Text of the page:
BBC NEWS Americas Africa Europe Middle East South Asia Asia Pacific Arabic Persian Pashto Turkish French

BBC News UK Edition
 You are in: World: Middle East  
News Front Page
Middle East
South Asia
From Our Own Correspondent
Letter From America
N Ireland
Talking Point
Country Profiles
In Depth
BBC Sport
BBC Weather
Tuesday, 19 November, 2002, 08:32 GMT
Iraq inspectors get down to business
Hans Blix (L), Mohamed El Baradei (C) and General Amir al-Saadi (R)
Both sides have been hammering out the details
An advance team of United Nations weapons inspectors, led by Hans Blix, are beginning their first full day of talks in Iraq after an absence of four years.

An F-15C patrols the Iraqi no-fly zone
The US claims firing on allied planes breaches the resolution
About 30 inspectors arrived in Baghdad on Monday and after initial contacts with key Iraqi officials Mr Blix said the mission had got off to a good start.

The talks are focusing on the details of resuming inspections, which will be carried out under a tough new UN resolution aimed at eradicating alleged weapons of mass destruction in Iraq.

It gives the UN team unprecedented powers of access when they start the inspections next week. Baghdad has promised full co-operation, saying it has nothing to hide.

Open in new window : Iraq spotlight
Click to see maps of Iraq's suspected weapons sites

Despite the pledge of co-operation a dispute has already broken out after allied war planes patrolling the no-fly zones in northern and southern Iraq bombed Iraqi air defences on Monday.

The US Central Command said the raids came after Iraqi forces had fired surface-to-air missiles and anti-aircraft artillery at allied aircraft.

An Iraqi man stands in front of a picture of Saddam Hussein
Washington is insisting on a regime change

A White House spokesman said the Iraqi action amounted to a "material breach" of the latest UN resolution.

Baghdad rejected the charge arguing that the patrols, imposed by the United States, Britain and France after the 1991 Gulf War, violate Iraqi sovereignty.

Military threat

US President George W Bush said on Monday that he still hoped for a peaceful disarmament of Iraq, but he added that if that failed the US was ready to take action.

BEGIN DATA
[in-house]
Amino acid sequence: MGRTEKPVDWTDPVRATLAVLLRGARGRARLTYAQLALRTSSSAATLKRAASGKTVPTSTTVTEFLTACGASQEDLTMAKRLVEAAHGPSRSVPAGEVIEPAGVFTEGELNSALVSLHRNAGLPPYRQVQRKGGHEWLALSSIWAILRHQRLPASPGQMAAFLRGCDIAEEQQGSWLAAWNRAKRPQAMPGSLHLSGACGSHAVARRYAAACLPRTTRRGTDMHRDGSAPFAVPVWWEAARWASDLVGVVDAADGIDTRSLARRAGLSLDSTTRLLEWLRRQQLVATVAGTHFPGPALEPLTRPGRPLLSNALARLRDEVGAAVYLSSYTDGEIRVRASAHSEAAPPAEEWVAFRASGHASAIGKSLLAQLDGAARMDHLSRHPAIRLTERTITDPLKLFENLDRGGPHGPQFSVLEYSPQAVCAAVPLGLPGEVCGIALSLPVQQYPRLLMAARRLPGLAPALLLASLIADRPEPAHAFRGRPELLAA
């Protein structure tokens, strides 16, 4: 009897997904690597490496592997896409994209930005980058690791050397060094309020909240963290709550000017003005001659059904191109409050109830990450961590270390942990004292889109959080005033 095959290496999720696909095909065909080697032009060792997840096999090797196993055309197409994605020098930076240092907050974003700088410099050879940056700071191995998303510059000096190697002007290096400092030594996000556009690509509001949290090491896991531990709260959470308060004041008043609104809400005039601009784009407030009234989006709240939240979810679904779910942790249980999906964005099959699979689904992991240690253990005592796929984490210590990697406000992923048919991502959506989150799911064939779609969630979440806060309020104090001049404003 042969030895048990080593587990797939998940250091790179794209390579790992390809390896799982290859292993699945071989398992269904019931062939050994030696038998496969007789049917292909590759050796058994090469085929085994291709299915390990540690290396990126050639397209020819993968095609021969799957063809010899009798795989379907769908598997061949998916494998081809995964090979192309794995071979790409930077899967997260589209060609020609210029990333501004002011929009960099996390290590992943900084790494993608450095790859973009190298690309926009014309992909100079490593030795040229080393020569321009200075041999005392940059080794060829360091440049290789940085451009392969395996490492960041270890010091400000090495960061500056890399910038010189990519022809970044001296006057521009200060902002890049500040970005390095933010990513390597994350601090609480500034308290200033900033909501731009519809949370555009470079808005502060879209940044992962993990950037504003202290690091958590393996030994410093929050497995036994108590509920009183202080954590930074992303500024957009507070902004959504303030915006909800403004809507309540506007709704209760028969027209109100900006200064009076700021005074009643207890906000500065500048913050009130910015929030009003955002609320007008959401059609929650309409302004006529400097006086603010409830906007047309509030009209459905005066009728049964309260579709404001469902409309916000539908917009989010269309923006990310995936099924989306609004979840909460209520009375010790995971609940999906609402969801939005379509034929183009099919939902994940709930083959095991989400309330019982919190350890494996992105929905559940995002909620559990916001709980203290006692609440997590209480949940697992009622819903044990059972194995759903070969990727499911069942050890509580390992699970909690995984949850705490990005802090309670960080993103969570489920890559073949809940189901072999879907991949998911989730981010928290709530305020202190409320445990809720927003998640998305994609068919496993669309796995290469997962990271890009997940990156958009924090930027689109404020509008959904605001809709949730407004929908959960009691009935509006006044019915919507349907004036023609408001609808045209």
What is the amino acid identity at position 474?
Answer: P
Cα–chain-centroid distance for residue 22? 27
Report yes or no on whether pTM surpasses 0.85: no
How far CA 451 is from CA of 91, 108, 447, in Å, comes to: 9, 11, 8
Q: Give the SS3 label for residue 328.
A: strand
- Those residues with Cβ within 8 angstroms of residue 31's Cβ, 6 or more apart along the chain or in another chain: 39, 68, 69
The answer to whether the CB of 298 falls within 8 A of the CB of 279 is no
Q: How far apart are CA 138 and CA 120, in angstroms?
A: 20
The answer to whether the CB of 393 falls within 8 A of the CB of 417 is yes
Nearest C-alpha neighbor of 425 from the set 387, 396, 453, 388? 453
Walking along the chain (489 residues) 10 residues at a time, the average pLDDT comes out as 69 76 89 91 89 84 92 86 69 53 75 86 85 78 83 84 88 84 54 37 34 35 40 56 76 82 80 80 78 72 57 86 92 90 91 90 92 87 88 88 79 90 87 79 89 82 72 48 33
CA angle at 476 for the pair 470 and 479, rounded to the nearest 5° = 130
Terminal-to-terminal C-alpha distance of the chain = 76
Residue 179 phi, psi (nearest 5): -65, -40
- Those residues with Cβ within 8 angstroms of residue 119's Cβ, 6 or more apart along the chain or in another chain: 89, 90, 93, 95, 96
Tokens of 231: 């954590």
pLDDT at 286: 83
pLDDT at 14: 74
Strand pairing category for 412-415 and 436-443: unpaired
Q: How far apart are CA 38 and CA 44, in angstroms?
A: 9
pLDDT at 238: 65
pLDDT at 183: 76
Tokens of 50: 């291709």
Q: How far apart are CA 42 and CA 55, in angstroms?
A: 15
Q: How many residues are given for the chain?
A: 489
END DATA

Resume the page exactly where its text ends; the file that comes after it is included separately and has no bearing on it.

"I hope it happens peacefully. But if it doesn't, people will know that our intent is to lead a coalition of like-minded, freedom-loving countries to disarm Saddam Hussein," Mr Bush said, speaking of the Iraqi president whom Mr Bush is determined must be overthrown.

Next steps
18 Nov: Inspectors arrive in Iraq
8 Dec: Iraq must reveal all programmes, plants and materials which could be used for weapons production
23 Dec: Inspections must have resumed
21 Feb: Inspectors to report to UN Security Council

Mr Bush will head to Prague on Tuesday for a Nato summit, where he hopes to boost support for his hard-line stance against Iraq and for the international fight against terrorism.

Mr Blix, the UN chief weapons inspector, is joined in Iraq by the director of the International Atomic Energy Agency (IAEA), Mohamed El Baradei, and a 25-strong international team of technical specialists.

Together they are expected to lay the groundwork for full inspections to begin by 27 November.

Mammoth task

On Tuesday they will meet General Amir al-Saadi, an adviser to Saddam Hussein, for the second time in 24-hours.

They are also expected to hold talks with Iraq's Foreign Minister Naji Sabri.

After the initial talks on Monday Mr Blix said that the situation was "tense", but that he thought that the mission has started well and progress had been made.

"The situation is tense at the moment, but there is a new opportunity and we are here to provide inspection which is credible," he said.

The BBC's correspondent in Baghdad, Caroline Hawley, says that after an absence of four years though, the inspectors have a huge amount to do and hundreds of sites to see, if they are to uncover Iraq's alleged weapons of mass destruction.

The BBC's Caroline Hawley in Baghdad
"Mr Blix has now met with key Iraqi officials"
Jack Straw, UK Foreign Secretary
"This is Saddam Hussein's final opportunity to comply with the international community"
Melissa Fleming, International Atomic Energy Agency
"The only notice we hope to give them is when we arrive at the door"

Key stories





See also:

19 Nov 02 | South Asia
18 Nov 02 | Middle East
18 Nov 02 | Middle East
18 Nov 02 | Americas
15 Nov 02 | Americas
15 Nov 02 | Middle East
14 Nov 02 | Middle East
18 Nov 02 | Middle East
01 Oct 02 | Middle East
19 Sep 02 | Europe
Internet links:

The BBC is not responsible for the content of external internet sites

Links to more Middle East stories are at the foot of the page.

E-mail this story to a friend

Links to more Middle East stories

© BBC ^^ Back to top

News Front Page | World | UK | England | N Ireland | Scotland | Wales |
Politics | Business | Entertainment | Science/Nature | Technology |
Health | Education | Talking Point | Country Profiles | In Depth |